STEVE SHERMAN -The White Mountain Murders. Hugh Quint #2. Walker, hardcover, 1989. No paperback edition. (See also comment #2.)

   Hugh Quint, ex-Boston cop, now a PI, heads for New Hampshire to help find the half-sister of a friend and ends up preventing the theft of a $100,000 antique chest. Several murders occur as well, he most obvious suspect being a back-to-nature Abenaki Indian.

   The same Indian who’s gone off with the half-sister who started it all. The detective work is slight, and most of the book’s charm comes from the rustic setting and the bucolic nature of its inhabitants. Unfortunately it begins to wear off about halfway through.

–Reprinted from Mystery*File #15, September 1989 (very slightly revised).

       The Hugh Quint series —

The Maple Sugar Murders. Walker 1987
The White Mountain Murders. Walker 1989
Primary Crime. Appledore 2000

MICHAEL J. KATZ – Last Dance in Redondo Beach. Andy Sussman & Murray Glick #2. G. P. Putnam’s Sons, hardcover, 1989. Pocket, paperback, 1990.

   Here’s a first. It’s gotta be. A professional wrestler dies, apparently of a heart attack, in a network’s “celebrity sports” competition. It’s really murder, of course, and on the scene, in his second brush with detective work is CBS sportscaster Andy Sussman.

   Doing most of the legwork, however, is his pal, a sleazy Chicago PI named Murray Glick, who works out of a Northbrook Court mall. You may have gotten the idea by now that the tone of this book is not entirely serious, but I surprised myself and enjoyed it anyway. (*)


(*) I’d be remiss in pointing out, however, that I found the ending to be a bit too slick. The final confrontation works out far too easily — and not easily enough to avoid leaving a mess behind. Katz seems to think that justice is done, or at least his characters do, and in a sense they’re right, maybe as well as it ever does in real life, but I still think there’s some guilt not yet accounted for.

–Reprinted from Mystery*File #15, September 1989 (very slightly revised).

      The Andy Sussman & Murray Glick series

Murder Off the Glass. Walker, 1987.
Last Dance in Redondo Beach. Putnam, 1989.
The Big Freeze. Putnam, 1991.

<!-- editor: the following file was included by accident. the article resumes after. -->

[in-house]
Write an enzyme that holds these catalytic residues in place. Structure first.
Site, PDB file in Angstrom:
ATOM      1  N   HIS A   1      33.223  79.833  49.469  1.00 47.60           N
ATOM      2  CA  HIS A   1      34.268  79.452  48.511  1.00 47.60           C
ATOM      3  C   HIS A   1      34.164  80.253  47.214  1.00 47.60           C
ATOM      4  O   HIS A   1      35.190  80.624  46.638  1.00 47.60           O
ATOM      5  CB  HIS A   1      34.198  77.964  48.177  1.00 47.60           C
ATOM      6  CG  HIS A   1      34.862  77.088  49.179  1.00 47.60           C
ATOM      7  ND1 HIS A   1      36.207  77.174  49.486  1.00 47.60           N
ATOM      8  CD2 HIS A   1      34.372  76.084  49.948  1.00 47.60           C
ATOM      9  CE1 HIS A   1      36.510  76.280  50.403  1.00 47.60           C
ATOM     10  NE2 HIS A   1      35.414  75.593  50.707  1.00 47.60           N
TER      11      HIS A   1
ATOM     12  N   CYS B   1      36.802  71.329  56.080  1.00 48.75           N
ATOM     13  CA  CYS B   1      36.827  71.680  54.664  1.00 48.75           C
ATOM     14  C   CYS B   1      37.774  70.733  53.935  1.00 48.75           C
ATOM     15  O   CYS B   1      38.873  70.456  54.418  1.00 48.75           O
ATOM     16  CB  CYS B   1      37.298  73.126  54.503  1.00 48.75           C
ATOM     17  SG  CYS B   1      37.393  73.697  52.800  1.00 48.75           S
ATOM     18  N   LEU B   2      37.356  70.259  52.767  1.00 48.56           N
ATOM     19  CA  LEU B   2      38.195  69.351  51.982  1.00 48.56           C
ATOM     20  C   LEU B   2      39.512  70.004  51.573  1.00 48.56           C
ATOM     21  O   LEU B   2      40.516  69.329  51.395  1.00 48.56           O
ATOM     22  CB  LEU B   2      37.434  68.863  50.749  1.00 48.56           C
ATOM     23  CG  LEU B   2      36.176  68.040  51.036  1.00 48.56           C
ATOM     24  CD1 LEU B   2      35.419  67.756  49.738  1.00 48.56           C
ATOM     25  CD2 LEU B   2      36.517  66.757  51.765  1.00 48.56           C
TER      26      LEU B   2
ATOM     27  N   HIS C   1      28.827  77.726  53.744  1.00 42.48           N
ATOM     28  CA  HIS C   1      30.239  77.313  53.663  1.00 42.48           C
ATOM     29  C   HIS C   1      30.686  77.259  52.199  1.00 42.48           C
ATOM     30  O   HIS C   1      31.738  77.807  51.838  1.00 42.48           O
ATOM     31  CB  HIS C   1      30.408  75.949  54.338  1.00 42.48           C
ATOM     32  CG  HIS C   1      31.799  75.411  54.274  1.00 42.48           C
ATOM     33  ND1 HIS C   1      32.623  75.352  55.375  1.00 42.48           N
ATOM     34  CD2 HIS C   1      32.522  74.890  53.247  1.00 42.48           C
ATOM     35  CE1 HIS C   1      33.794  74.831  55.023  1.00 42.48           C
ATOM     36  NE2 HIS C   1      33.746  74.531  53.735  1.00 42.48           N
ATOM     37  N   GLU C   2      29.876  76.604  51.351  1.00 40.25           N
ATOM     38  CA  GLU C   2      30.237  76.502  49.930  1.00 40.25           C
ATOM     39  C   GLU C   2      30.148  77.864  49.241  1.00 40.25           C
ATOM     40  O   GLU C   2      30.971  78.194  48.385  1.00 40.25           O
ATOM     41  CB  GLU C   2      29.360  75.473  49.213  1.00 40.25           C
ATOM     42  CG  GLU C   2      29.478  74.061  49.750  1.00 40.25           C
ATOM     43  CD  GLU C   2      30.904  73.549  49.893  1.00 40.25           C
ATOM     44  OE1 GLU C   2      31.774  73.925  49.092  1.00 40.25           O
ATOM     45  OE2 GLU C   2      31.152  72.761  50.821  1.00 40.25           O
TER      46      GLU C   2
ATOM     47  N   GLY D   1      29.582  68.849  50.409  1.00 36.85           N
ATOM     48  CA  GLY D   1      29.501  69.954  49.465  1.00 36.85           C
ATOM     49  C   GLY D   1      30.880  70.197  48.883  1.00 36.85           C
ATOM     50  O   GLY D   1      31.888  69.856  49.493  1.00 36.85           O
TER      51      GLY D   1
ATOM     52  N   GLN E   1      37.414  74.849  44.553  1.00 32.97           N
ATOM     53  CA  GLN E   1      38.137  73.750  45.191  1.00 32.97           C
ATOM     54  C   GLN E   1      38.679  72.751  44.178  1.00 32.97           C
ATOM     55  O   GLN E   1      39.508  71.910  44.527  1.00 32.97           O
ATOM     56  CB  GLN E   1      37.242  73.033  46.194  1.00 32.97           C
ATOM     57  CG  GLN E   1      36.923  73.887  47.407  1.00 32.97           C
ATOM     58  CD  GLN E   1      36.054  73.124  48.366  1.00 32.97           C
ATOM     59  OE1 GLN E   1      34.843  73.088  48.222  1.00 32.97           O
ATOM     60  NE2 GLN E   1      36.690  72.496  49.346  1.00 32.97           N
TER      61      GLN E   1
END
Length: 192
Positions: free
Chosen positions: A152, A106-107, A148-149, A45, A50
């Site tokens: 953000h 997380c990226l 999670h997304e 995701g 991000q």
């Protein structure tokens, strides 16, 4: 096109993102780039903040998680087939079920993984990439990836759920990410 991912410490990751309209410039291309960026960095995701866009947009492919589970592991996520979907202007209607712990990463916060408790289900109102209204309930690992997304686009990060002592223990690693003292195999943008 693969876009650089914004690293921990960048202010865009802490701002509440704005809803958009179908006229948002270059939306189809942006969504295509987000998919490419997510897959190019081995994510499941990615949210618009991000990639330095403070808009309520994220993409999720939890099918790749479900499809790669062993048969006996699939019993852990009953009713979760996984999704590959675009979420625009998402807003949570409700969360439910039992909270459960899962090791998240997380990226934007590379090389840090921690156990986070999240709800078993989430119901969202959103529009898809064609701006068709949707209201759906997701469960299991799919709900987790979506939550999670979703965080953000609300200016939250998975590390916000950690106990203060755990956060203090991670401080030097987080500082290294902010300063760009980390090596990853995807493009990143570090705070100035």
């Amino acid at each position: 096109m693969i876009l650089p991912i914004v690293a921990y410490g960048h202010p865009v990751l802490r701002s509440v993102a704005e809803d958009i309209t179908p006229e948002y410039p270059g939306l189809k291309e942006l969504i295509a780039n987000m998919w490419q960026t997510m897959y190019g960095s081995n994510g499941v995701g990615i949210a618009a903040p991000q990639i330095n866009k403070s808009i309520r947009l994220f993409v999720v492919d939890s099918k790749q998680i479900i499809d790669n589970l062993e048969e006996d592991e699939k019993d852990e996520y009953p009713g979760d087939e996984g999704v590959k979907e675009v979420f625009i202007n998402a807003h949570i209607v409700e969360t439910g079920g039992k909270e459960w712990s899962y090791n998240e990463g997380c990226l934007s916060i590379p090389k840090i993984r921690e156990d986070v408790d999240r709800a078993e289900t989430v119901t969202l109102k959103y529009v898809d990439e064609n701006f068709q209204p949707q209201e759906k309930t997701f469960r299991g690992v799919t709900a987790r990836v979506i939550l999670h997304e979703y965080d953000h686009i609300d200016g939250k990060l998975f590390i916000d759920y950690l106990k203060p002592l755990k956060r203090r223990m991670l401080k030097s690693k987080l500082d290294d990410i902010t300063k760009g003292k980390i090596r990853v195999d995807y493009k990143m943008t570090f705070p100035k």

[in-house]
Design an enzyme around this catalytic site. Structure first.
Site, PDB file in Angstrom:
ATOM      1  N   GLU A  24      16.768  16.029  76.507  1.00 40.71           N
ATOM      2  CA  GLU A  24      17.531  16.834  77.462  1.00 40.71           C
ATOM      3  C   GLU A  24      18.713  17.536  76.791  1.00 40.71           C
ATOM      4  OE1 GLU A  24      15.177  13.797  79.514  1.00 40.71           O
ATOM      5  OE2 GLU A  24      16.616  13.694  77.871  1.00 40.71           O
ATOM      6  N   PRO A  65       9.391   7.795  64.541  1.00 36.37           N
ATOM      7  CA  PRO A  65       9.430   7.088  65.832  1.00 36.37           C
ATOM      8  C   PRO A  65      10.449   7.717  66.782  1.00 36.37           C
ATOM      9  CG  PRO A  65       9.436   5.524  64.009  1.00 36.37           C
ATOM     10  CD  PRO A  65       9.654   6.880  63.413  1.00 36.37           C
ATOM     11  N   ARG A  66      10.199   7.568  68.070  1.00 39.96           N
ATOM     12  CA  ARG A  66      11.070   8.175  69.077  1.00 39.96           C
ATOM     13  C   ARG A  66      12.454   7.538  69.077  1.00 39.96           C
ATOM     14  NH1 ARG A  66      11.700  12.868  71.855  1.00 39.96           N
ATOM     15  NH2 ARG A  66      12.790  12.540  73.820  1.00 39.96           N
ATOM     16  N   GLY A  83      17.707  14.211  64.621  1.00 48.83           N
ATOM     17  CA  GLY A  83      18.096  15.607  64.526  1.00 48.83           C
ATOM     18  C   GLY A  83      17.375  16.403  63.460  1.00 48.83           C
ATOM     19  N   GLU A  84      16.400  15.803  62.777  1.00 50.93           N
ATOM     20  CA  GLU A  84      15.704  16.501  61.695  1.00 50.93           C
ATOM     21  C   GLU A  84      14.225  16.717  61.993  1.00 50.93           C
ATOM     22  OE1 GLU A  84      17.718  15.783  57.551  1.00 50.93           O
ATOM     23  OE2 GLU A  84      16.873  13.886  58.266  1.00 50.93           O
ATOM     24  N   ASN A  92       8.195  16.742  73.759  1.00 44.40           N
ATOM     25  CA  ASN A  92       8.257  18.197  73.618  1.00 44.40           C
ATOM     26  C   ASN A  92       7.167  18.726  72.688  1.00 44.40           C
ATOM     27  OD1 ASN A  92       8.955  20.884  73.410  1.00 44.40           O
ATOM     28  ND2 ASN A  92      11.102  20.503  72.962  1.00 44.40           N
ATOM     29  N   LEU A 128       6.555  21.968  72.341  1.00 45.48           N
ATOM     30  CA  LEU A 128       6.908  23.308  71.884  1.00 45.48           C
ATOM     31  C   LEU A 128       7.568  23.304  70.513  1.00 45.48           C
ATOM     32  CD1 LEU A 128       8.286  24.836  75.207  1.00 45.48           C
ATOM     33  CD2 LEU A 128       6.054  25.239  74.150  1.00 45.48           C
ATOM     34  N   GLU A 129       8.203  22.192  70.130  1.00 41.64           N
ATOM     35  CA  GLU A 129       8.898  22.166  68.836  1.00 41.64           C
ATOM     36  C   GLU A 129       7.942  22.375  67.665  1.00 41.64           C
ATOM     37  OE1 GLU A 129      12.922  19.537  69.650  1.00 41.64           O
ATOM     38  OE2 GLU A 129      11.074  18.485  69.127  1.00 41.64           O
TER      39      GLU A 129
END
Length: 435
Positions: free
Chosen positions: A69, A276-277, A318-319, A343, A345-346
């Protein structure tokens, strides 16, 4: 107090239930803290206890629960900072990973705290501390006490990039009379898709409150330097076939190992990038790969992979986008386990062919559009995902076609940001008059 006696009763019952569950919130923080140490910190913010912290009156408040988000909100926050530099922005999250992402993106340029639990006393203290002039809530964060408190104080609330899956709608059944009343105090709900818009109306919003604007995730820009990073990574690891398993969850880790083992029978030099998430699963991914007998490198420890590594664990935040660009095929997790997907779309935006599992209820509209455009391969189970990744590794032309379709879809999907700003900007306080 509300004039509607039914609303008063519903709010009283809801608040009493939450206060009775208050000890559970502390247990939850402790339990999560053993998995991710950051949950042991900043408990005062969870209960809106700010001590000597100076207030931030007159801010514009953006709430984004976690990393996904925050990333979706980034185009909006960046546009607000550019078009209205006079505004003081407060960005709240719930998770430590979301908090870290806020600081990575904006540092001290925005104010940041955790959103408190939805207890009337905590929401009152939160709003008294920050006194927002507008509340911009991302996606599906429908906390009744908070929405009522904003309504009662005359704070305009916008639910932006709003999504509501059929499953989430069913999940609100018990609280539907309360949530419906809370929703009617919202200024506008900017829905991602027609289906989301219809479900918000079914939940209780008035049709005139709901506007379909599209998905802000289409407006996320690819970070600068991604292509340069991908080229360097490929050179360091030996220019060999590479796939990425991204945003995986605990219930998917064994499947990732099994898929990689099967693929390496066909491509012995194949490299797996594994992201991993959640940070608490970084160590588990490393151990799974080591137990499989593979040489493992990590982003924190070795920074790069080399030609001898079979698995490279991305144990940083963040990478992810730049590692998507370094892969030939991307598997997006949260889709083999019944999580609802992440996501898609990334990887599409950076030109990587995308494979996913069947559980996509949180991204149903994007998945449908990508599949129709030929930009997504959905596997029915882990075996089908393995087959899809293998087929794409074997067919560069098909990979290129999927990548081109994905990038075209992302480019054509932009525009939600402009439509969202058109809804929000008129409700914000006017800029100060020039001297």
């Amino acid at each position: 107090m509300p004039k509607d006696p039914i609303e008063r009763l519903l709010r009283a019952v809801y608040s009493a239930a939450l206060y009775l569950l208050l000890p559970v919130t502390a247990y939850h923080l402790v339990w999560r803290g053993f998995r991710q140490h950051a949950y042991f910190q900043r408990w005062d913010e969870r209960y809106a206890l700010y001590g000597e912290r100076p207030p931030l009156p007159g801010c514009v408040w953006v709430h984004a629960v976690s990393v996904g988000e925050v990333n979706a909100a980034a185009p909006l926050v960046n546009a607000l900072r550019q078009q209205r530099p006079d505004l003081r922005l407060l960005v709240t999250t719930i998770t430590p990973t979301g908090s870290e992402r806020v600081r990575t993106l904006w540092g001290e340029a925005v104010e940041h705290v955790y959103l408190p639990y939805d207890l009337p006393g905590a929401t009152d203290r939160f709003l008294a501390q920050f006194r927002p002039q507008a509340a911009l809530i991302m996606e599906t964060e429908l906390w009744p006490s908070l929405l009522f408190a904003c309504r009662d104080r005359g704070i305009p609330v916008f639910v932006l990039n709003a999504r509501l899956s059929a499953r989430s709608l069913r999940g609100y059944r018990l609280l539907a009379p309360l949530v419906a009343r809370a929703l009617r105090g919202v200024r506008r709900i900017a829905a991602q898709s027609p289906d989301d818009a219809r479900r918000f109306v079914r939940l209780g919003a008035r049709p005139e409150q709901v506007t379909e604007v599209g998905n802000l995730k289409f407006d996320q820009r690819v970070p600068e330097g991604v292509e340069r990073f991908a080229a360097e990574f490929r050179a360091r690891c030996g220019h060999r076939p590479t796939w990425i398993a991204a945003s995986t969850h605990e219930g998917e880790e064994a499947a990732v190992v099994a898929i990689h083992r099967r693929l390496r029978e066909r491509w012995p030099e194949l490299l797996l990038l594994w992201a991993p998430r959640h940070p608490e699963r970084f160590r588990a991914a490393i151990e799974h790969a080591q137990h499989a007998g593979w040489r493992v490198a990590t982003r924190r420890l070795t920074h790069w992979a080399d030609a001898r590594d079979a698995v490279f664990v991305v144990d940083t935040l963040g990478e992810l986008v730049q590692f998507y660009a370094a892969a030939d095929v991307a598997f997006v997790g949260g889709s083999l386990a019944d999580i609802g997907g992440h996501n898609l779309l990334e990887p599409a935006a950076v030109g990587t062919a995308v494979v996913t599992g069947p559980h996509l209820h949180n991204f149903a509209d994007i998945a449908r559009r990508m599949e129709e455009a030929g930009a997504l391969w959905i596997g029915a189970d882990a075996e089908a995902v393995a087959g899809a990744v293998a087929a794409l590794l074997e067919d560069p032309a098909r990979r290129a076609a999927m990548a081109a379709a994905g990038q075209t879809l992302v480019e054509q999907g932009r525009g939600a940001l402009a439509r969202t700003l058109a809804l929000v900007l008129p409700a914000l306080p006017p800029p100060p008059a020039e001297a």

MICHAEL ALLEGRETTO – The Dead of Winter. Jake Lomax #3. Scribners, hardcover, 1989. Avon, paperback, 1991.

   In this his third case, PI Jake Lomax is hired to find a barber’s missing daughter. The barber’s also a bookie, and the daughter, a sensitive type, has just found out. A good beginning, and the stakes quickly become even higher. The next day a bomb destroys the barber’s car.

   Allegretto has a smooth, even style of writing, but until the kidnapping plot is revealed, not much out of the ordinary actually happens. I’m ambivalent about the kidnapping plot, too. It’s an interesting twist, but overall the story line is a combination of bad coincidence mixed with poor judgment.

–Reprinted from Mystery*File #15, September 1989 (slightly revised).

      The Jake Lomax series —

Death on the Rocks (1987)
Blood Stone (1988)
Dead of Winter (1989)
Blood Relative (1992)
Grave Doubt (1995)


MIKE PHILLIPS – Point of Darkness. Samson Dean #3. St. Martin’s Press, hardcover, 1995. First published in the UK by Michael Joseph, hardcover, 1994. No US paperback edition.

   Phillips is new to me, though obviously not to everyone. The two previous tales about Sam Dean, a reporter of Anglo-Caribbean descent, have been set in London — Blood Rights and The Late Candidate. This, the first since 1991, takes place in New York City. Phillips also write the novelization of for the movie Boyz in the Hood.

   Sammy Dean is in the Big Apple to try to find the straying daughter of a boyhood friend dying in London. He’s no stranger to the city abd its Caribbean neighborhoods — Jamaica, Queens, the Bronx — but an outsider nevertheless, The girl had disappeared after working as a domestic for the aging parents of a high City official, and more people than Dean are looking for her — for reasons he doesn’t know. What seemed to be an uncomplicated if tedious and difficul task turns nasty, and he soon finds both himself and the object of his search in serious danger.

   This is blurbed as being “on the tradition of Walter Mosley.” Me, I’d have thought that Mosley was a few books shy of a “tradition” — but hey, whatever works. Phillips is a lot closer in tone ro Mosley than to Chester Himes or Barbara Neely, if that counts. Traditional or not, I liked it. Phillips seems to know his territory, and tells his story in first-person in an undramatic, semi-reflective way that I found appealing.

   The urban black/Caribbean world was new to me, and I thought he did an excellent job of painting its picture without slowing down the story. As I’ve said before, it would be foolish of me or any white man to try to judge the realism of black characters, but they seemed like real people to me, and believable and sympathetic ones. Phillips is a good writer with a different viewpoint.